A classic car auction set for Aug. 26 at Dealers Auto Auction of Idaho will feature 60-plus cars from a personal collection of classics ranging from the years 1919 to 1982.
And the story of the man behind those cars has even more depth.
“The last 20 years he’s been buying beat-up classics and restoring them because he really enjoyed their restoration,” said Britney Egbert, business development manager Dealers Auto Auction of Idaho, during a phone interview with Auto Remarketing.
“He has them from every decade, every make and model. He’s sort of all over the place, which is pretty neat. I think there’s a car for every kind of collector in here,” she said.
The eclectic collection belonged to the late Callan Phillips, an Idaho native, Word War II veteran and farmer who found joy in repairing classic cars of all kind following retirement.
“It just became kind of a passion of his up until his death in 2013,” Phillips’ daughter Sherri Anderson said by phone. “My father was a very successful farmer. In 1994, he started dwindling down and not farming anymore.”
A Black and Grey 1950 Bentley featured in the sale.
Phillips decided he wanted to start buying cars and fixing them up.
“His whole intent was to sell them after he fixed them up. Unfortunately, the very first car that he fixed which was a pickup truck — he fixed it up, sold it and cried,” Anderson said. “After that, he no longer wanted to sell the cars if he could help it. He started buying more and fixing them up.”
As his collection grew, Phillips had to add new buildings to his property just to house his cars.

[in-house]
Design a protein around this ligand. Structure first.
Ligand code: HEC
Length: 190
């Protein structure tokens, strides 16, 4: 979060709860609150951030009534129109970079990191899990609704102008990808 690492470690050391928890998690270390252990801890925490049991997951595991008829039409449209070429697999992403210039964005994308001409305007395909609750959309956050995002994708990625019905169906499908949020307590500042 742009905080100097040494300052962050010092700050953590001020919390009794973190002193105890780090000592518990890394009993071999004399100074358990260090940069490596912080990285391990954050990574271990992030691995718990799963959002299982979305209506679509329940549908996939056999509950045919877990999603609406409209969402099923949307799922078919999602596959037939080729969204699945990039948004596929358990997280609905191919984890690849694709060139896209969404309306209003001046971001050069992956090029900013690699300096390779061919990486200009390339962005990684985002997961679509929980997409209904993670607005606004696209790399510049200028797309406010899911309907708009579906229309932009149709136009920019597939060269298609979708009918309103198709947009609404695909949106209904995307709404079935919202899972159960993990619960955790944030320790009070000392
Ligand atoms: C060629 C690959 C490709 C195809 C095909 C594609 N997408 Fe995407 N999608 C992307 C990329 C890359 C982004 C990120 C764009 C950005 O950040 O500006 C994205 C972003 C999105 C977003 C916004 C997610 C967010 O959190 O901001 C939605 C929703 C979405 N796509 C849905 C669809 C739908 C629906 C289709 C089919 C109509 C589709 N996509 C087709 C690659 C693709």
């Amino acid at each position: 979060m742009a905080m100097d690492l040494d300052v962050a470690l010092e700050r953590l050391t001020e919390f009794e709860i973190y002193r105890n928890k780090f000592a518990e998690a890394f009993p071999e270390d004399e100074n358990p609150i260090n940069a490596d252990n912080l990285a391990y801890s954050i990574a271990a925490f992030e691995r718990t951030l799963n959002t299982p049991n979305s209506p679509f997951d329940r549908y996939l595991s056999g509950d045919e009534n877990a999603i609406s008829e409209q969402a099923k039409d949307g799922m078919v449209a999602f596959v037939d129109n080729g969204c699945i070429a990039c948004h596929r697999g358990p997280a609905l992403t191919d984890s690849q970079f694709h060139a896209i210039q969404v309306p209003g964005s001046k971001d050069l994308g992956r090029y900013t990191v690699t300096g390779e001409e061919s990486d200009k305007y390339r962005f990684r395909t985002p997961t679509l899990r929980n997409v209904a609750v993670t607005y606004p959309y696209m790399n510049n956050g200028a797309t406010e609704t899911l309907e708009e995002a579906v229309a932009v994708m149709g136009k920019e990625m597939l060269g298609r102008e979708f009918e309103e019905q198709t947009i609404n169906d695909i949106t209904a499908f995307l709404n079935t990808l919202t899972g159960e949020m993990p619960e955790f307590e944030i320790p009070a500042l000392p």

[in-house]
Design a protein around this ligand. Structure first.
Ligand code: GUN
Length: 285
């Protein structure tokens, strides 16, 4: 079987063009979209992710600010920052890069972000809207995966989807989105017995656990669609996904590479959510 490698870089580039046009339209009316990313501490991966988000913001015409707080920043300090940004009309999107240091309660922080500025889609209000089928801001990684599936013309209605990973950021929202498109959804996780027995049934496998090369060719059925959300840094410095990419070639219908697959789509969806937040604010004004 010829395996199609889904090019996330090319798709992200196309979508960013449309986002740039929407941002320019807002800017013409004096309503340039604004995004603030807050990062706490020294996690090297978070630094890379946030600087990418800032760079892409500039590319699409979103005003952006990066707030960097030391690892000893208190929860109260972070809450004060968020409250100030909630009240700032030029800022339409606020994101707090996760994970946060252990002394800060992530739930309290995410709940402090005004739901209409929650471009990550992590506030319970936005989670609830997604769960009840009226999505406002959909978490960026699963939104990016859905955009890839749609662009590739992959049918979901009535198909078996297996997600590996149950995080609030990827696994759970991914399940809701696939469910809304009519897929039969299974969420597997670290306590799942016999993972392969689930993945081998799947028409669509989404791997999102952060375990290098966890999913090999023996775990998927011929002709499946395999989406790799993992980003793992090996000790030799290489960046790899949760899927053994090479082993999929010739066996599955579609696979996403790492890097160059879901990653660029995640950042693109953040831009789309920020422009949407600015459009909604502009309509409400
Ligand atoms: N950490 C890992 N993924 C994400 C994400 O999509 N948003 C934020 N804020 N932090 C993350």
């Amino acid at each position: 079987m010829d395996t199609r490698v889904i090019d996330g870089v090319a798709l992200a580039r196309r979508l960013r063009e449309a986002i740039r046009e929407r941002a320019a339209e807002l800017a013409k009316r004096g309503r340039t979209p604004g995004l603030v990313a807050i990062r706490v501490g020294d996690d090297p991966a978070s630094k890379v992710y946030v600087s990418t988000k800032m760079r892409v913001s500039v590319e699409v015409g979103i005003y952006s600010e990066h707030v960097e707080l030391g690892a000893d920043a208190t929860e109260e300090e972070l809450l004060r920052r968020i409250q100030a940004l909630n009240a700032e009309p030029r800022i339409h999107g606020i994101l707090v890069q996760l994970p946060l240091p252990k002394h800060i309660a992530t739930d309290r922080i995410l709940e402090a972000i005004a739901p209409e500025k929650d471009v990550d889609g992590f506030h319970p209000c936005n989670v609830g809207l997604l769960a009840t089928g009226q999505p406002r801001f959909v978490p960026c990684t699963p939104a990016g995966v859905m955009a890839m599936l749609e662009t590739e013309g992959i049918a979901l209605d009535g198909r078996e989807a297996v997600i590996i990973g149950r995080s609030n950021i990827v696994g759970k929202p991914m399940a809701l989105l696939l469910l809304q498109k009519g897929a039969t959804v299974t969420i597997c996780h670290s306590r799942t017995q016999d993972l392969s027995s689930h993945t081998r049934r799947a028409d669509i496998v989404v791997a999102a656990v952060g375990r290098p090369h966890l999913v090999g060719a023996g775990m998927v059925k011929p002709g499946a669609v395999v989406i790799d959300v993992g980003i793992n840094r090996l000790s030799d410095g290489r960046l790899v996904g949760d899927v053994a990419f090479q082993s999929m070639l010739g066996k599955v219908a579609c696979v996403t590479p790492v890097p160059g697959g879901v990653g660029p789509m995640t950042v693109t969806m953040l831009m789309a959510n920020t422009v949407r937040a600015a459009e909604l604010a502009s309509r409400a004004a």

He built a few out-buildings and had a main shop where he worked on vehicles, according to Anderson.
“Seldom did he ever send them away to have anything done to them; usually anything that was done to them was done on-site at my parents’ property,” she said.
Phillips had a full-time employee for body work who lived on-site in a mobile home, as well as a mechanic who would also come help with projects.
“Dad oversaw everything and would also work on them with them and try to get [cars] back to the original state that they once were when they were brand new, Anderson said. “He was trying his hardest to get the parts to restore these cars; it didn’t always happen and sometimes he’d just have to kind of slide by the seat of his pants to try to do whatever he could to get it as close as he could.”
It wasn’t unusual for some family members and close personal friends of Phillips to drive his cars, according to Anderson.
“One thing that was kind of neat was the grandkids got to drive these, too. Some of the grandkids and great-grandkids learned how to drive in these classic cars. So there wasn’t hardly any family member at one point in time or another who didn’t either ride or drive one of these cars or several of them,” she said.
“We’re all very familiar with them and as much as we hate to sell them, we don’t have the bandwidth to keep 65, 70 cars in out buildings.”
The most expensive car up for sale is a 1928 Rolls-Royce that Anderson said was not in good shape before her father restored it.
“He literally rebuilt it, even down to the upholstery and it’s now a beautiful car,” she added.
Phillips also collected a few old tractors which will be sold at a different auction.
Phillips was shot while serving in World War II and received a Purple Heart medal, Anderson said. He was born and raised on a farm in Idaho and started farming on his own after the war, she said.
“Even at the time that he was at the hospital, I remember visiting and he was still looking for parts for this car that he was working on,” said Anderson. “He was in an acute care center trying to find the parts for this particular car to fit. He wasn’t going to give up.”
At its height, Phillips’ collection reached about 80 cars, according to Anderson.
“His passion was these cars and when he’d get them fixed he’d love to show them off to people,” she added.
“It was his love and just something that he loved to do.”